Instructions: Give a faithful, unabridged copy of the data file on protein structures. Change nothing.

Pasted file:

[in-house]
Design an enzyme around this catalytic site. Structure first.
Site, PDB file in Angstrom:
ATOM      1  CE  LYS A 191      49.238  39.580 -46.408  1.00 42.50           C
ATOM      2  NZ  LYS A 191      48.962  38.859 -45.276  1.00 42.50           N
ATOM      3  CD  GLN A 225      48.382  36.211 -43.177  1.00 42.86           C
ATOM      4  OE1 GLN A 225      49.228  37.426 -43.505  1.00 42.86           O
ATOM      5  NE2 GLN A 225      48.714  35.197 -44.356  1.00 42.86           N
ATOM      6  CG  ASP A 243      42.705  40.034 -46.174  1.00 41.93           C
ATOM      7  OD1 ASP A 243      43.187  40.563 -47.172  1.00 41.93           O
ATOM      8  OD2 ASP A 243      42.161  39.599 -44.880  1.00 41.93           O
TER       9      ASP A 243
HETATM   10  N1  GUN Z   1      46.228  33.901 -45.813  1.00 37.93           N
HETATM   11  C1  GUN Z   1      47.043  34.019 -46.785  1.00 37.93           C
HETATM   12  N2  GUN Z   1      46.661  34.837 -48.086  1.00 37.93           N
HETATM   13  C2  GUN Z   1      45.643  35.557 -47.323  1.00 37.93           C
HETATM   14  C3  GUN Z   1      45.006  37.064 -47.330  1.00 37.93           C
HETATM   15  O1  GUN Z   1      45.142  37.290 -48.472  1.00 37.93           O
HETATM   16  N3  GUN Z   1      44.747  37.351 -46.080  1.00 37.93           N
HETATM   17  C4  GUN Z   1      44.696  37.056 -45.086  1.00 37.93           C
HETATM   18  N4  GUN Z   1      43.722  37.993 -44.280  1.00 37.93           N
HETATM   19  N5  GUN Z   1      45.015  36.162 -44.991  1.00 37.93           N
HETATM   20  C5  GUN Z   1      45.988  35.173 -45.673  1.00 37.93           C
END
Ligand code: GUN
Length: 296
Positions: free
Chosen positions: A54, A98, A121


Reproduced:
[in-house]
Design an enzyme around this catalytic site. Structure first.
Site, PDB file in Angstrom:
ATOM      1  CE  LYS A 191      49.238  39.580 -46.408  1.00 42.50           C
ATOM      2  NZ  LYS A 191      48.962  38.859 -45.276  1.00 42.50           N
ATOM      3  CD  GLN A 225      48.382  36.211 -43.177  1.00 42.86           C
ATOM      4  OE1 GLN A 225      49.228  37.426 -43.505  1.00 42.86           O
ATOM      5  NE2 GLN A 225      48.714  35.197 -44.356  1.00 42.86           N
ATOM      6  CG  ASP A 243      42.705  40.034 -46.174  1.00 41.93           C
ATOM      7  OD1 ASP A 243      43.187  40.563 -47.172  1.00 41.93           O
ATOM      8  OD2 ASP A 243      42.161  39.599 -44.880  1.00 41.93           O
TER       9      ASP A 243
HETATM   10  N1  GUN Z   1      46.228  33.901 -45.813  1.00 37.93           N
HETATM   11  C1  GUN Z   1      47.043  34.019 -46.785  1.00 37.93           C
HETATM   12  N2  GUN Z   1      46.661  34.837 -48.086  1.00 37.93           N
HETATM   13  C2  GUN Z   1      45.643  35.557 -47.323  1.00 37.93           C
HETATM   14  C3  GUN Z   1      45.006  37.064 -47.330  1.00 37.93           C
HETATM   15  O1  GUN Z   1      45.142  37.290 -48.472  1.00 37.93           O
HETATM   16  N3  GUN Z   1      44.747  37.351 -46.080  1.00 37.93           N
HETATM   17  C4  GUN Z   1      44.696  37.056 -45.086  1.00 37.93           C
HETATM   18  N4  GUN Z   1      43.722  37.993 -44.280  1.00 37.93           N
HETATM   19  N5  GUN Z   1      45.015  36.162 -44.991  1.00 37.93           N
HETATM   20  C5  GUN Z   1      45.988  35.173 -45.673  1.00 37.93           C
END
Ligand code: GUN
Length: 296
Positions: free
Chosen positions: A54, A98, A121